The Metroidvania genre is filled with a plethora of heavy hitting classics. Whether those are genre namesakes like Super Metroid (1994) and Castlevania Symphony of the Night (1997), or newer icons such as Hollow Knight (2017), Dead Cells (2018) and Ori and the Will of the Wisps (2020), there is a constant barrage of evolutionary and innovative gameplay keeping the genre healthy. While not wanting for new and innovative gameplay, it must be noted how the Metroidvania genre has plateaued in terms of narrative. As great as any of the aforementioned titles are, all of them share a common theme: otherness; fantasy and science-fiction governed narratives where players explore new alien worlds. Catmaze, however, stands out as a catalyst of change.
In Catmaze, players get to walk in the shoes of Alesta, a young heroine sorceress who carries her emotions on her sleeves. The story begins with the search for special greens that might cure her mother’s ailments, but quickly spirals into an epic platforming adventure spanning many stages. While expansive, it must be noted how the story is fairly simple in nature. It is presented via text-based cutscenes, and players will find new characters introduced in short intervals.
Since the narrative is heavily based on Slavic mythology and fairytales, players will be hard pressed to grow accustomed to many of the characters presented. Every character, however, serves a particular purpose in telling a part of a grand story, weaving in-and-out, the intricacies of an epic adventure and the fairytale world in which the game is set.
Slavic mythology is one of the rarer backdrops featured in interactive media, making it challenging for both the developers, and players, to find a happy common middleground between what is based on written accord, and what has wholly been utilised to enhance the game’s creative potential. The result does not compound confusion, however, and instead serves as a pleasant and magical backdrop through which a very relatable and grounded story takes place.
Catmaze is a 2D action platformer by design, and as such, follows many of the overarching genre tropes. Players will explore a large map with various stages and many secret areas or areas with future progress gated behind special abilities or items only found later. There are also items and collectibles that increase health and mana, and a quick and easy map functionality allowing players to track their progress through the huge map.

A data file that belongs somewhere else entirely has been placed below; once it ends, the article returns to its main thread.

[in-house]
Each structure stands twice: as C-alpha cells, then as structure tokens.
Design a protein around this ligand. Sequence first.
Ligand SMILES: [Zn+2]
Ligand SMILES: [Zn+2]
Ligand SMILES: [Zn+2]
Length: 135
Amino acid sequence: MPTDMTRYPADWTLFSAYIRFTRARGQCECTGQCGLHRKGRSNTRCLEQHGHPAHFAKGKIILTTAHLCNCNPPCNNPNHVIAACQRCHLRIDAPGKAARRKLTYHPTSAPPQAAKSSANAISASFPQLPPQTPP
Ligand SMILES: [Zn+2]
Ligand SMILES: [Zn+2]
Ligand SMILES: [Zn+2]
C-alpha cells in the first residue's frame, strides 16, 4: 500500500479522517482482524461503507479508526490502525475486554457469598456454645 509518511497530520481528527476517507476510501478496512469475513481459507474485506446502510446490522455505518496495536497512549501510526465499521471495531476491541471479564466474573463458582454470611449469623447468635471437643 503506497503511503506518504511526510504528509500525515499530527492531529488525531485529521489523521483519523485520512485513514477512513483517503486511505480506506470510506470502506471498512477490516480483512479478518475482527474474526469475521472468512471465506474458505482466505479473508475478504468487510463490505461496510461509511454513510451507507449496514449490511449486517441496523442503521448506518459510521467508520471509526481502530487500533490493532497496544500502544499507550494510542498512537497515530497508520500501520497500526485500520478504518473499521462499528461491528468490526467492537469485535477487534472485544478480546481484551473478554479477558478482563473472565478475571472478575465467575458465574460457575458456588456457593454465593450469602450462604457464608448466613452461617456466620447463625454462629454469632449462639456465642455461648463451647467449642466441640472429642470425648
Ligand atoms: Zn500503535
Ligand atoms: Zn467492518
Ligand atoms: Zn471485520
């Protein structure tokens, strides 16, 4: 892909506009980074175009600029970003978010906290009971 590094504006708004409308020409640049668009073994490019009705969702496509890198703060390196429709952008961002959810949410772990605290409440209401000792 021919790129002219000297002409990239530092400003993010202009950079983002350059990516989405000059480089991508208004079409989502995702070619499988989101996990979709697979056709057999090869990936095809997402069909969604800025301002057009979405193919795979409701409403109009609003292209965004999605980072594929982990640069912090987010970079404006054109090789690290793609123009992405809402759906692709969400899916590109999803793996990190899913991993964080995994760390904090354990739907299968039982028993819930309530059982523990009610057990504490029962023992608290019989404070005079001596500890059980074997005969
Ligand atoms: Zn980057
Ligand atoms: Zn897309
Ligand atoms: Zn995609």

Considering its unique mythological backdrop, players can expect to find a lot of animalistic themes, as well as actual animals that can be caught or asked for help. The game calls them familiars; bats, hedgehogs, and more, aiding Alesta on her journey. These familiars help grow Alesta’s arsenal and range of abilities throughout the game. These abilities sometimes take up a lot of mana, but fortunately enemies drop them often enough not to become a massive challenge. Coins, which are also dropped, can be used to purchase potions and temporary buffs if players seem to have hit particularly challenging bits.
Amulets, on the other hand, are essentially hidden collectibles acting as permanent buffs, provided players can collect the right number of white orbs to activate them. While permanent, these amulets lose “charges” every time Alesta is hit by an enemy. Thankfully gaining back enough white orbs is as easy as a breeze, though the additional strategy and mobility these amulets encourage is a nice reprieve from the rest of the game’s simplicity. The game does not feature any difficulty options or modifiers either, making it an as-is experience where different areas have their own locked difficulty spikes.
Similarly, the game does not hold your hand when it comes to progression. It trusts in players to figure out where to go as they unlock new abilities and remember where those abilities were needed in earlier locations. This kind of gameplay is appreciated, but acts as a double edged sword for gamers who want more of a drop-in-drop-out experience. Thankfully, Catmaze is fairly pretty in its execution.
Everything in the game is presented in blocky pixel art. While the aesthetic is limited in nature, attention to detail reigns supreme. Everything from shadowed and sunburnt foliage, through to ambient fauna, are represented faithfully within the fantastical stages in Catmaze. Things like birds, while taking up no more than four blocks on the screen, can be observed flying through tree canopies, while lanterns, candles, and dim moonlight beautifully reveal the faintest slivers of light in pitch black caverns. Slavic colours also govern the colour grading while level design itself remains fairly simple and intuitive.
Catmaze can be described as a fairly simple 2D action platformer befitting its genre. It features all the correct tropes and design aspects, and it has just the right amount of challenge to keep things interesting. The Slavic mythological backdrop of the game most assuredly aids in keeping the game unique in presentation; making it feel more like a fairytale video game than “just another” Metroidvana title. While not exactly innovative, it acts as a truly enjoyable experience – which is what matters most.
|Unique Slavic Mythology backdrop||Cutscenes suffer from frame drops|
|Cats!||Backdrops and skyboxes look dated|
|Simple and intuitive, yet highly enjoyable|
Review code provided by Ratalaika Games.
Junior Editor at Vamers. From Superman to Ironman; Bill Rizer to Sam Fisher and everything in-between, Edward loves it all. He is a Bachelor of Arts student and English Major specialising in Language and Literature. He is an avid writer and casual social networker with a flare for all things tech related.